JUNEAU Gov. Frank Murkowski is hoping public pressure and the lure of a major bond package will persuade lawmakers to accomplish in a special session what they did not address in their regular session a long-term fix for the state's chronic budget problems.
But key lawmakers say they doubt the governor will have any more luck getting his plan through the Legislature now than he did during the regular session. The special session starts today.
Murkowski said he's been traveling around the state, talking about the need for a fiscal fix, and more than 90 percent of Alaskans tell him they want something done.
''So I would hope the legislators would get the message that the people of Alaska want a solution now,'' Murkowski said Monday in an interview.
The governor wants lawmakers to put a constitutional amendment on the ballot this fall that would change the way the annual payout from the $27.8 billion Alaska Permanent Fund is calculated. The amendment calls for some of the fund's earnings to be spent on state and local government and guarantees a dividend payment to individual Alaskans of at least $1,000 for the next 10 years.
Senate Finance Committee Co-Chair Gary Wilken, R-Fairbanks, said Monday he does not like the new proposal any better than the permanent fund constitutional amendment he voted against during the regular session.
''I'm perplexed as to why we need to be doing this unless somebody has changed lots of minds,'' Wilken said.
He disagrees with Mur-kowski that legislators need to do anything.
Wilken said the state can and should fill any budget gaps it has in the next several years by using a combination of permanent fund earnings and the state's $2 billion constitutional budget reserve.
Doing that would require no legislation. Lawmakers can already use permanent fund earnings to pay for government, although they have been reluctant to do so for fear of the political consequences.
Senate Minority Leader Johnny Ellis, D-Anchorage, said he's also not optimistic lawmakers will agree on a plan.
Some Republican legislators oppose Murkowski's idea to guarantee a dividend in the constitution.
But some Democrats contend the governor's proposal does not reserve enough for dividends in the constitution. Ellis said it needs to be more than 50 percent of the annual payout from the fund.
Putting a constitutional amendment on the ballot requires a two-thirds vote in both the House and the Senate, which is a steep hurdle.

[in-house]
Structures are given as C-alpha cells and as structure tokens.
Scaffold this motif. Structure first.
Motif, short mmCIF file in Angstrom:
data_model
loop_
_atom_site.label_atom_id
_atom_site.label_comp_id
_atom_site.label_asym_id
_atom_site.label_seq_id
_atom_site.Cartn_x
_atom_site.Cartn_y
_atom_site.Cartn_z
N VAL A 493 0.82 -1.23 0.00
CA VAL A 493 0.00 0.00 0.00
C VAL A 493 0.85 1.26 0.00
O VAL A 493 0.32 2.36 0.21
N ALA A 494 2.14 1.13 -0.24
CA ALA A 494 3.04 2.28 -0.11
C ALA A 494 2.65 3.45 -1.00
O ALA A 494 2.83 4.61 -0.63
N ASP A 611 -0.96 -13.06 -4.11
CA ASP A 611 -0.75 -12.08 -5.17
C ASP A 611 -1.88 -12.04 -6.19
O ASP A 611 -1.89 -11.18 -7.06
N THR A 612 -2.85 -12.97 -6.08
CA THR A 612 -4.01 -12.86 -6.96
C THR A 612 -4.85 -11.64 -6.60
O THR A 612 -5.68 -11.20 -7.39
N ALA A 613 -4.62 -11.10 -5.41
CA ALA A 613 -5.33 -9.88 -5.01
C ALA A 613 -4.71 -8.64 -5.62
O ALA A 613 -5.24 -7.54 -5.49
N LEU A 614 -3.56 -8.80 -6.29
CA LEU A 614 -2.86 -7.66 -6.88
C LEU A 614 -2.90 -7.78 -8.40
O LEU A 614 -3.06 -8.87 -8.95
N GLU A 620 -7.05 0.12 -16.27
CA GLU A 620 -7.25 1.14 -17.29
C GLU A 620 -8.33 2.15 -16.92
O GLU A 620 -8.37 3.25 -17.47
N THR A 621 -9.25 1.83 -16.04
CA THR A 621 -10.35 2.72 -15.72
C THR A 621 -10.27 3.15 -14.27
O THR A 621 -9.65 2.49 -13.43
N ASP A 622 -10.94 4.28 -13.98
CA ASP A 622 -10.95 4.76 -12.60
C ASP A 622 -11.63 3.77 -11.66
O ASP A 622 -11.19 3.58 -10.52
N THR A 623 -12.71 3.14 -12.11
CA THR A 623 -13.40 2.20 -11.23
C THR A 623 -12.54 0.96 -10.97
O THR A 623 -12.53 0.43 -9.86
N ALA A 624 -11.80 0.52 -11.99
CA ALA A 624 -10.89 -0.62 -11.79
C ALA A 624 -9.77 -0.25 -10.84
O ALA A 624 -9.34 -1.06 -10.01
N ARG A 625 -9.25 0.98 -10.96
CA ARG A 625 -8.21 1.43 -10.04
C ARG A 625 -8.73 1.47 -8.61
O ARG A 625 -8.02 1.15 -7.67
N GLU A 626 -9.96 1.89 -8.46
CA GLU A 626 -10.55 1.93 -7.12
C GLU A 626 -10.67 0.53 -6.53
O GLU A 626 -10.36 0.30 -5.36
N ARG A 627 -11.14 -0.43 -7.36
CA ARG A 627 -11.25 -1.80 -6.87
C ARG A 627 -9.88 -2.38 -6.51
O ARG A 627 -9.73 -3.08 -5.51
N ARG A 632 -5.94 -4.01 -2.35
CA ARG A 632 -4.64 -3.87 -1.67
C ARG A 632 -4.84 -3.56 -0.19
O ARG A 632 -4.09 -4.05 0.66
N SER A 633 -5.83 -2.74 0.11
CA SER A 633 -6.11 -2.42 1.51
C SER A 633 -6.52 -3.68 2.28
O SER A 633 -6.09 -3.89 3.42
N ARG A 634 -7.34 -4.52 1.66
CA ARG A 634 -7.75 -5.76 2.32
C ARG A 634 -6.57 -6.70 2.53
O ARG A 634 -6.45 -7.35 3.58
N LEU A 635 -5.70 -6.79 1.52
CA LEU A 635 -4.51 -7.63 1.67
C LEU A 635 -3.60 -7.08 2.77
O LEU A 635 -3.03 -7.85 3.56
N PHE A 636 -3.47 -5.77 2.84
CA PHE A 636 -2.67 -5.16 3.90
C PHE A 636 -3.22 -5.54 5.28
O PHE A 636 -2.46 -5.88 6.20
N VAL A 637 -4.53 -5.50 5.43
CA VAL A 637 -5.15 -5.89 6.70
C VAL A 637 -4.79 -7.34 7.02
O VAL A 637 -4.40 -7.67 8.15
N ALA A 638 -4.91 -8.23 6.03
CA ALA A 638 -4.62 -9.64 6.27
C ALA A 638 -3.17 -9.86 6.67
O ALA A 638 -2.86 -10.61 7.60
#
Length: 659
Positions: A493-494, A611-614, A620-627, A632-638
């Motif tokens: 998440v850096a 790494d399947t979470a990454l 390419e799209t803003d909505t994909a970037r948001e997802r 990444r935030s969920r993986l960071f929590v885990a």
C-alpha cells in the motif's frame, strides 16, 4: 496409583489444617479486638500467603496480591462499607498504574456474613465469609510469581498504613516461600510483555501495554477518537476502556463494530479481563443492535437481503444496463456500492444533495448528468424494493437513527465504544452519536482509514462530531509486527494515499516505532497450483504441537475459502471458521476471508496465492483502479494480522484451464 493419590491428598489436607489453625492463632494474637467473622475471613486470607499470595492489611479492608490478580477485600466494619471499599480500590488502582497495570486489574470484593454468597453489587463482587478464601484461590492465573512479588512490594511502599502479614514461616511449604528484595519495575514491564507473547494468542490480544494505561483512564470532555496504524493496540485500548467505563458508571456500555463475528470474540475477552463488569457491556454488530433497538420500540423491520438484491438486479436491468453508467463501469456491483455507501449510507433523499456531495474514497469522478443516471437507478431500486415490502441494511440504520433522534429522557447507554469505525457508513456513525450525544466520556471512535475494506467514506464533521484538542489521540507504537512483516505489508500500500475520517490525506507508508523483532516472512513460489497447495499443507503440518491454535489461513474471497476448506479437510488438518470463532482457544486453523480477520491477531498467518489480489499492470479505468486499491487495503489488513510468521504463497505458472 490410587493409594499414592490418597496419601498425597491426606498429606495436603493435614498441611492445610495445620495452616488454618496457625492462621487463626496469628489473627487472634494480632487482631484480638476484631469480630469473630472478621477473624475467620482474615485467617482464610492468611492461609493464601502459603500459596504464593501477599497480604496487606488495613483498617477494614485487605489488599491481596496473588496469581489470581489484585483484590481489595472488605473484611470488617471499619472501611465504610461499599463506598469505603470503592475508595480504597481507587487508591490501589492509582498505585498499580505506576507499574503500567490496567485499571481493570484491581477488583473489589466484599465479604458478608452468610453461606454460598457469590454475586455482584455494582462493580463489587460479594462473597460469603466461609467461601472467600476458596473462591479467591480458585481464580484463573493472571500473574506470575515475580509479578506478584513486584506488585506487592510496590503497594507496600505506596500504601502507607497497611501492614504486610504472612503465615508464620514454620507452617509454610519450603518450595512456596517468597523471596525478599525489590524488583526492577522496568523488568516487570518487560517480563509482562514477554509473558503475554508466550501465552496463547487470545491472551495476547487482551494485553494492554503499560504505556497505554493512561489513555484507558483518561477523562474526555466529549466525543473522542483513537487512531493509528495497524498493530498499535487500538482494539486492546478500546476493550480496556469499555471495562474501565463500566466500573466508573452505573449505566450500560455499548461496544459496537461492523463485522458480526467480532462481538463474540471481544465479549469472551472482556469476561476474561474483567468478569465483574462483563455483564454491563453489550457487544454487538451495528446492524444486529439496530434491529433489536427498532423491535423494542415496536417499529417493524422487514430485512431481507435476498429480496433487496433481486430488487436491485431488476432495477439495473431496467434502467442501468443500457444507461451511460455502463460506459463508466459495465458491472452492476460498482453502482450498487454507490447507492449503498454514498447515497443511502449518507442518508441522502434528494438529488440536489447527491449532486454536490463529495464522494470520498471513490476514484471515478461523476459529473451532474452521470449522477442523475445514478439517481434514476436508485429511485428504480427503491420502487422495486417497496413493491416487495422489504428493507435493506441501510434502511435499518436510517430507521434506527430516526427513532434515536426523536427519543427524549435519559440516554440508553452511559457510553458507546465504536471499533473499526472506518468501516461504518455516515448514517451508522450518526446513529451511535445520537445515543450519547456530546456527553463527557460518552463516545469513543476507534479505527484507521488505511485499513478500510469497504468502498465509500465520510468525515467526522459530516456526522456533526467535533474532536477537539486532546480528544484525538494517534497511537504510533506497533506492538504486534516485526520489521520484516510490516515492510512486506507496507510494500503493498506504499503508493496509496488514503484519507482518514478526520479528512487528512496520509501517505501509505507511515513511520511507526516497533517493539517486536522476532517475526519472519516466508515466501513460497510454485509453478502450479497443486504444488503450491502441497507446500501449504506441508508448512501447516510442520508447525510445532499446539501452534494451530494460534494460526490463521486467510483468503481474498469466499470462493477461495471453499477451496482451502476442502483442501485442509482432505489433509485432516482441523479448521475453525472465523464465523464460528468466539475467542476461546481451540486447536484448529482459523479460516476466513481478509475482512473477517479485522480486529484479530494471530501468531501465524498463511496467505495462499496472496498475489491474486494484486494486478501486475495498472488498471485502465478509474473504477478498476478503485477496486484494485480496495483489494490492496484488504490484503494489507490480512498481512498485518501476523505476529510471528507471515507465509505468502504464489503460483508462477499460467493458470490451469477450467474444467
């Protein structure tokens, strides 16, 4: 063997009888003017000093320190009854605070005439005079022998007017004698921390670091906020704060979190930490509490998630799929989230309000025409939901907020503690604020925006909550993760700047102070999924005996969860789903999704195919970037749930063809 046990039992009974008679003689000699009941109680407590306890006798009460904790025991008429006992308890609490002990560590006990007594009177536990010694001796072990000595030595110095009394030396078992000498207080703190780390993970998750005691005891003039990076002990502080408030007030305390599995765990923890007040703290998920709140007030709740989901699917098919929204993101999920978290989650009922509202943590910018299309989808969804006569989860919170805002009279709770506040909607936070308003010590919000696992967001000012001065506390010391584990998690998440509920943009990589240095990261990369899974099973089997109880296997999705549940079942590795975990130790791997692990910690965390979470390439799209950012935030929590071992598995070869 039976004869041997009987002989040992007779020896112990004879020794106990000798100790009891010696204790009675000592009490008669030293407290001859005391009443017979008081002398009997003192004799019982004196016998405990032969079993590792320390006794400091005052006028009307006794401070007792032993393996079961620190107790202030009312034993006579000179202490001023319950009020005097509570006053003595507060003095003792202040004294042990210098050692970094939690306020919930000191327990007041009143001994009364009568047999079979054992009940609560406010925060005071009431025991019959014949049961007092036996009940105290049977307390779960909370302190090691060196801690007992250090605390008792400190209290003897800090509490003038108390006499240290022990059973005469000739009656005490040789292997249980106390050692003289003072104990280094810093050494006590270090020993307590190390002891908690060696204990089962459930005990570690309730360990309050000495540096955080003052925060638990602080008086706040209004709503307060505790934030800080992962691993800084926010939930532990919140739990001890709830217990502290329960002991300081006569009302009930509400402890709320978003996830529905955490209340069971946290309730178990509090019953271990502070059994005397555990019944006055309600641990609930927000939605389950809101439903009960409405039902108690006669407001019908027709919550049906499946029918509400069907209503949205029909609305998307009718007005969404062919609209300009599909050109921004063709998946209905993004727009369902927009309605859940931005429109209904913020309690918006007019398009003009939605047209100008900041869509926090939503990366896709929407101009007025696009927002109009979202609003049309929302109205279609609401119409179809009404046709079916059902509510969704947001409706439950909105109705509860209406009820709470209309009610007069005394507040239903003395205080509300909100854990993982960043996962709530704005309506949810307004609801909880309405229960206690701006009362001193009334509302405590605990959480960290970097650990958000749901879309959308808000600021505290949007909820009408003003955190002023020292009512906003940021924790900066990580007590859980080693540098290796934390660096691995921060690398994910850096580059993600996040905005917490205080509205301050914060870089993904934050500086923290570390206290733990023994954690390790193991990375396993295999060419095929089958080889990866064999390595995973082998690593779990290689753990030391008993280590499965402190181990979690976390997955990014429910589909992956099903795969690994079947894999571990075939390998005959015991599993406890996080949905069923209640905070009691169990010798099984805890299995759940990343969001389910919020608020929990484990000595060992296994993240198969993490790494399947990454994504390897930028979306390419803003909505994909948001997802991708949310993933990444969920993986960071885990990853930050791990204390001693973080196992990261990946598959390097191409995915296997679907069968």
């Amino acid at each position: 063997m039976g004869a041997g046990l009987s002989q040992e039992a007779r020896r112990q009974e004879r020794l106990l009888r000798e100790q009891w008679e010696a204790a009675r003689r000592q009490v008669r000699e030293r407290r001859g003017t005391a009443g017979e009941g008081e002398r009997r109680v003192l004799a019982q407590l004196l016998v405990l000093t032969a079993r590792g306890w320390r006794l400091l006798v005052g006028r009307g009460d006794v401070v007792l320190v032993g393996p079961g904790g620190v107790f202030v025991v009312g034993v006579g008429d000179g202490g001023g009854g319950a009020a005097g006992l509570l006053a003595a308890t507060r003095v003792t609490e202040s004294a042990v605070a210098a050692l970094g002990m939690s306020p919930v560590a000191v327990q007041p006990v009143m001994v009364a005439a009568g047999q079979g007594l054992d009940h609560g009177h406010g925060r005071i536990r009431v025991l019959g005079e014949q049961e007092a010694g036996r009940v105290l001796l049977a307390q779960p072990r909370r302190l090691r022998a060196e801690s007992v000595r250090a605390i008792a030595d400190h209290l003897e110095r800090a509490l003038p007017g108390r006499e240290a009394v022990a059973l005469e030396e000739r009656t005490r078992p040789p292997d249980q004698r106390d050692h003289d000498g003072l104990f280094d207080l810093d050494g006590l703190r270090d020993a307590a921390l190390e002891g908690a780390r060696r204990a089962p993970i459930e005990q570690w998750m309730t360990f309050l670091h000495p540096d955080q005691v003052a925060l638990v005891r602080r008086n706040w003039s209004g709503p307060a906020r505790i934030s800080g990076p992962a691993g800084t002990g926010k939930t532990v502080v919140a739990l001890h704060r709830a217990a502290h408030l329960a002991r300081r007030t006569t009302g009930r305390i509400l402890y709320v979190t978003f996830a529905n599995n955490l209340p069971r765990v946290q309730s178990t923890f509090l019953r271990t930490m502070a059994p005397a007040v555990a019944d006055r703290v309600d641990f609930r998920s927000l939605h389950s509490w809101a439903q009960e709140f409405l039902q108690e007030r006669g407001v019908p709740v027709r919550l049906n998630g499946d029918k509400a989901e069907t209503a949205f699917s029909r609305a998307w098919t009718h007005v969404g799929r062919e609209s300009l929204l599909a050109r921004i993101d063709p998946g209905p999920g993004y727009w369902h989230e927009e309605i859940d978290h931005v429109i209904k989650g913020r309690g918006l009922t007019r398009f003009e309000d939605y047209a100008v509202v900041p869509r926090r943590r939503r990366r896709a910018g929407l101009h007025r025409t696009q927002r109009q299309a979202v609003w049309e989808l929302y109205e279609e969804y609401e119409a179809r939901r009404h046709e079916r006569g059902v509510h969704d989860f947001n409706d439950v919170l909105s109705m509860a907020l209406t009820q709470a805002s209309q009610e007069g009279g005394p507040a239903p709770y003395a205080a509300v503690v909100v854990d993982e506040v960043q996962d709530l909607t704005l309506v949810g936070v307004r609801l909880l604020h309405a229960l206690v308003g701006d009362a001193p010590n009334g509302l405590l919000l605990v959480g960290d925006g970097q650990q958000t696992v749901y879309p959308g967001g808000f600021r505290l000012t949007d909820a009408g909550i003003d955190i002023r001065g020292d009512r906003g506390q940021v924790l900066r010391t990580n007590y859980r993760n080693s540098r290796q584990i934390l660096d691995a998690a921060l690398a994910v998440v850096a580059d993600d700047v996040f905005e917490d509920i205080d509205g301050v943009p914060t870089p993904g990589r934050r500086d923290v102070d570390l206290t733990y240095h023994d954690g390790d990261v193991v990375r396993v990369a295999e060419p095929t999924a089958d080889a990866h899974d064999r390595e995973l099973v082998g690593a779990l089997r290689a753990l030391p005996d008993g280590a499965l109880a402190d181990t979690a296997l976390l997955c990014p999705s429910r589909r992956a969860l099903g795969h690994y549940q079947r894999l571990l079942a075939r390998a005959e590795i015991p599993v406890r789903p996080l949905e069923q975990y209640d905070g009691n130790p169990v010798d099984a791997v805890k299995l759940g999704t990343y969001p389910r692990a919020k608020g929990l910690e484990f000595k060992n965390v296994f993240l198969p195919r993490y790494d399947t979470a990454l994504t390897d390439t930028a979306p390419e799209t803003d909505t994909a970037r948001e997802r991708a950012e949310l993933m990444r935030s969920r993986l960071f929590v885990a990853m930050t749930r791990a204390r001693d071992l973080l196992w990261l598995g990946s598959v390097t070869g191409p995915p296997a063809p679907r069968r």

Getting those votes could be made even more difficult because some legislators may not make it to the session.
House Majority Leader John Coghill said three House members Peggy Wilson of Wrangell, Hugh ''Bud'' Fate of North Pole and Cheryll Heinze of Anchorage may miss part of the session because of their own or family illnesses.
Rep. Kelly Wolf, R-Kenai, said last week he would not show up because he thought the session was a waste of time.
But Coghill said Monday that Wolf is now saying he will attend, although he may not be in Juneau until Wednesday. Wolf did not return a phone call to his Kenai office late Monday afternoon.
Murkowski said if lawmakers don't like what's he's come up with, he's open to other proposals.
He's also left open the option of an advisory ballot being put to voters. A decision to do that would require only a simple majority vote from legislators.
But some legislators fear voters would simply say 'no,' as they did on a permanent fund advisory vote in 1999, and that essentially would put fund earnings off limits to the Legislature for several years.
Murkowski's special session agenda also includes a $115.7 million bond package, which includes transportation and university projects. The governor said he will sign off on that bill if legislators come up with a solution to the fiscal gap.
Some lawmakers, however, said having projects paid for by state bonds in their districts would not entice them to vote for the permanent fund constitutional amendment.
''It has no bearing,'' Wilken said. ''I have not had one person ask me about a bond issue.''
Murkowski also wants lawmakers to approve a constitutional spending limit, vote on a $1 per pack increase in the state's tax on cigarettes and approve a bill making changes in how workers compensation appeals are handled.
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